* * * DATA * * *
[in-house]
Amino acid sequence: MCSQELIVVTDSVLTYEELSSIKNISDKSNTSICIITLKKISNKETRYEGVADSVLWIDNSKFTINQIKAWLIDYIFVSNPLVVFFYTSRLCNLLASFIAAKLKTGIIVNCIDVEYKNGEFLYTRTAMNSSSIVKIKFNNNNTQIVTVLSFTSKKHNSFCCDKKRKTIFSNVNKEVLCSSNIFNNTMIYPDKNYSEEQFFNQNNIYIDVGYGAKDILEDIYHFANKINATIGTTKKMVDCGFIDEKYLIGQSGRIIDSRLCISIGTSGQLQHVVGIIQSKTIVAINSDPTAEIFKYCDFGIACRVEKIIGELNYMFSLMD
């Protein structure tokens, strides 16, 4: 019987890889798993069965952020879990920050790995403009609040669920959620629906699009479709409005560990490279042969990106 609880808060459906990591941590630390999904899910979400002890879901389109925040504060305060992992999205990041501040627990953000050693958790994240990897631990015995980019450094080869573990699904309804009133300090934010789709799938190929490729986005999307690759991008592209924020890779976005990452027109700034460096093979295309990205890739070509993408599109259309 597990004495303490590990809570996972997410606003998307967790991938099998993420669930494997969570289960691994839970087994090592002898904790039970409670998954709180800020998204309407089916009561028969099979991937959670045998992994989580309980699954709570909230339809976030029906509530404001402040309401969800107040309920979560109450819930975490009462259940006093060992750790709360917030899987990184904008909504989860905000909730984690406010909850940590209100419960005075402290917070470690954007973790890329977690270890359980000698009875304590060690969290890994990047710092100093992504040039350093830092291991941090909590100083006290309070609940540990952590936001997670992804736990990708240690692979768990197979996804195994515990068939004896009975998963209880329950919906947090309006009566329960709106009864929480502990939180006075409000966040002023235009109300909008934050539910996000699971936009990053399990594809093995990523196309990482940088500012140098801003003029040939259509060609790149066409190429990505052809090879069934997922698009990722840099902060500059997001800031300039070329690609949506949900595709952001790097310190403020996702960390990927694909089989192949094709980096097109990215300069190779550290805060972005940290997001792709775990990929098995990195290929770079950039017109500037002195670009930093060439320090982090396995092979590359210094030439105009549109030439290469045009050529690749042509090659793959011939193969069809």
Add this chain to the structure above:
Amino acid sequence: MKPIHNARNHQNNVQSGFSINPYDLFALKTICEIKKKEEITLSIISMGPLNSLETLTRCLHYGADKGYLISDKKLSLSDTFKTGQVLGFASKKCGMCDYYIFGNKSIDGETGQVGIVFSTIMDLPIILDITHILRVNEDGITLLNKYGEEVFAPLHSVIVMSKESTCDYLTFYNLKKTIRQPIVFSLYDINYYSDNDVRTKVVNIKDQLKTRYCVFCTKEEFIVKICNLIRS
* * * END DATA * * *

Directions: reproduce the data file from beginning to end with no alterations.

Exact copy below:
[in-house]
Amino acid sequence: MCSQELIVVTDSVLTYEELSSIKNISDKSNTSICIITLKKISNKETRYEGVADSVLWIDNSKFTINQIKAWLIDYIFVSNPLVVFFYTSRLCNLLASFIAAKLKTGIIVNCIDVEYKNGEFLYTRTAMNSSSIVKIKFNNNNTQIVTVLSFTSKKHNSFCCDKKRKTIFSNVNKEVLCSSNIFNNTMIYPDKNYSEEQFFNQNNIYIDVGYGAKDILEDIYHFANKINATIGTTKKMVDCGFIDEKYLIGQSGRIIDSRLCISIGTSGQLQHVVGIIQSKTIVAINSDPTAEIFKYCDFGIACRVEKIIGELNYMFSLMD
């Protein structure tokens, strides 16, 4: 019987890889798993069965952020879990920050790995403009609040669920959620629906699009479709409005560990490279042969990106 609880808060459906990591941590630390999904899910979400002890879901389109925040504060305060992992999205990041501040627990953000050693958790994240990897631990015995980019450094080869573990699904309804009133300090934010789709799938190929490729986005999307690759991008592209924020890779976005990452027109700034460096093979295309990205890739070509993408599109259309 597990004495303490590990809570996972997410606003998307967790991938099998993420669930494997969570289960691994839970087994090592002898904790039970409670998954709180800020998204309407089916009561028969099979991937959670045998992994989580309980699954709570909230339809976030029906509530404001402040309401969800107040309920979560109450819930975490009462259940006093060992750790709360917030899987990184904008909504989860905000909730984690406010909850940590209100419960005075402290917070470690954007973790890329977690270890359980000698009875304590060690969290890994990047710092100093992504040039350093830092291991941090909590100083006290309070609940540990952590936001997670992804736990990708240690692979768990197979996804195994515990068939004896009975998963209880329950919906947090309006009566329960709106009864929480502990939180006075409000966040002023235009109300909008934050539910996000699971936009990053399990594809093995990523196309990482940088500012140098801003003029040939259509060609790149066409190429990505052809090879069934997922698009990722840099902060500059997001800031300039070329690609949506949900595709952001790097310190403020996702960390990927694909089989192949094709980096097109990215300069190779550290805060972005940290997001792709775990990929098995990195290929770079950039017109500037002195670009930093060439320090982090396995092979590359210094030439105009549109030439290469045009050529690749042509090659793959011939193969069809």
Add this chain to the structure above:
Amino acid sequence: MKPIHNARNHQNNVQSGFSINPYDLFALKTICEIKKKEEITLSIISMGPLNSLETLTRCLHYGADKGYLISDKKLSLSDTFKTGQVLGFASKKCGMCDYYIFGNKSIDGETGQVGIVFSTIMDLPIILDITHILRVNEDGITLLNKYGEEVFAPLHSVIVMSKESTCDYLTFYNLKKTIRQPIVFSLYDINYYSDNDVRTKVVNIKDQLKTRYCVFCTKEEFIVKICNLIRS